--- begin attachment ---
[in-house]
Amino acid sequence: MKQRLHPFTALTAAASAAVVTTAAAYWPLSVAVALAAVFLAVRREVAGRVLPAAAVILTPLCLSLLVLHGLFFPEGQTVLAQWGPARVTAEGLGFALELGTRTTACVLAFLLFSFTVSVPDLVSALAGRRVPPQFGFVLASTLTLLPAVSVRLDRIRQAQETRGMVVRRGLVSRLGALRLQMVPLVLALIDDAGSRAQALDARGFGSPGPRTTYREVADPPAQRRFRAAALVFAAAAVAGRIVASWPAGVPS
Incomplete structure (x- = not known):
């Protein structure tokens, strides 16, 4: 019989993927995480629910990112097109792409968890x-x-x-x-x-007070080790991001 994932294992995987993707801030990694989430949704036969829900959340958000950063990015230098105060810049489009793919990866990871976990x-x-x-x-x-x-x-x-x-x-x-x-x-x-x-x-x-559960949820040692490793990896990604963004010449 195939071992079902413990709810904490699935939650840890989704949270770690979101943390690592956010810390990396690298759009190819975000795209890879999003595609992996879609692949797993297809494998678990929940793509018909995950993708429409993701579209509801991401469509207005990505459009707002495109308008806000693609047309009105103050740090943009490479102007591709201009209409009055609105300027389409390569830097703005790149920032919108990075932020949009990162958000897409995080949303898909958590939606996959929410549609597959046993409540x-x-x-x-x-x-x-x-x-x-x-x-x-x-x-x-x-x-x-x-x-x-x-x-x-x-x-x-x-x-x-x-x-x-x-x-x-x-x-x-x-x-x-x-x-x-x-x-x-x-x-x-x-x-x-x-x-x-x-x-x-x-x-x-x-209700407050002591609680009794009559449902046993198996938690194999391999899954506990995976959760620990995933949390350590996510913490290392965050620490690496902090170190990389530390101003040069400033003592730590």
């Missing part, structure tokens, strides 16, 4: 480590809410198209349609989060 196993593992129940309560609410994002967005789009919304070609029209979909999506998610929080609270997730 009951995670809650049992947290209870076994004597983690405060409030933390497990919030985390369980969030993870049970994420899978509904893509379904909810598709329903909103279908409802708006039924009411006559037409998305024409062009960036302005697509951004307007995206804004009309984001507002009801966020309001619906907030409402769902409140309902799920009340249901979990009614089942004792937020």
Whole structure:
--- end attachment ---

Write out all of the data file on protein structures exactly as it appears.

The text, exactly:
[in-house]
Amino acid sequence: MKQRLHPFTALTAAASAAVVTTAAAYWPLSVAVALAAVFLAVRREVAGRVLPAAAVILTPLCLSLLVLHGLFFPEGQTVLAQWGPARVTAEGLGFALELGTRTTACVLAFLLFSFTVSVPDLVSALAGRRVPPQFGFVLASTLTLLPAVSVRLDRIRQAQETRGMVVRRGLVSRLGALRLQMVPLVLALIDDAGSRAQALDARGFGSPGPRTTYREVADPPAQRRFRAAALVFAAAAVAGRIVASWPAGVPS
Incomplete structure (x- = not known):
């Protein structure tokens, strides 16, 4: 019989993927995480629910990112097109792409968890x-x-x-x-x-007070080790991001 994932294992995987993707801030990694989430949704036969829900959340958000950063990015230098105060810049489009793919990866990871976990x-x-x-x-x-x-x-x-x-x-x-x-x-x-x-x-x-559960949820040692490793990896990604963004010449 195939071992079902413990709810904490699935939650840890989704949270770690979101943390690592956010810390990396690298759009190819975000795209890879999003595609992996879609692949797993297809494998678990929940793509018909995950993708429409993701579209509801991401469509207005990505459009707002495109308008806000693609047309009105103050740090943009490479102007591709201009209409009055609105300027389409390569830097703005790149920032919108990075932020949009990162958000897409995080949303898909958590939606996959929410549609597959046993409540x-x-x-x-x-x-x-x-x-x-x-x-x-x-x-x-x-x-x-x-x-x-x-x-x-x-x-x-x-x-x-x-x-x-x-x-x-x-x-x-x-x-x-x-x-x-x-x-x-x-x-x-x-x-x-x-x-x-x-x-x-x-x-x-x-209700407050002591609680009794009559449902046993198996938690194999391999899954506990995976959760620990995933949390350590996510913490290392965050620490690496902090170190990389530390101003040069400033003592730590």
């Missing part, structure tokens, strides 16, 4: 480590809410198209349609989060 196993593992129940309560609410994002967005789009919304070609029209979909999506998610929080609270997730 009951995670809650049992947290209870076994004597983690405060409030933390497990919030985390369980969030993870049970994420899978509904893509379904909810598709329903909103279908409802708006039924009411006559037409998305024409062009960036302005697509951004307007995206804004009309984001507002009801966020309001619906907030409402769902409140309902799920009340249901979990009614089942004792937020």
Whole structure: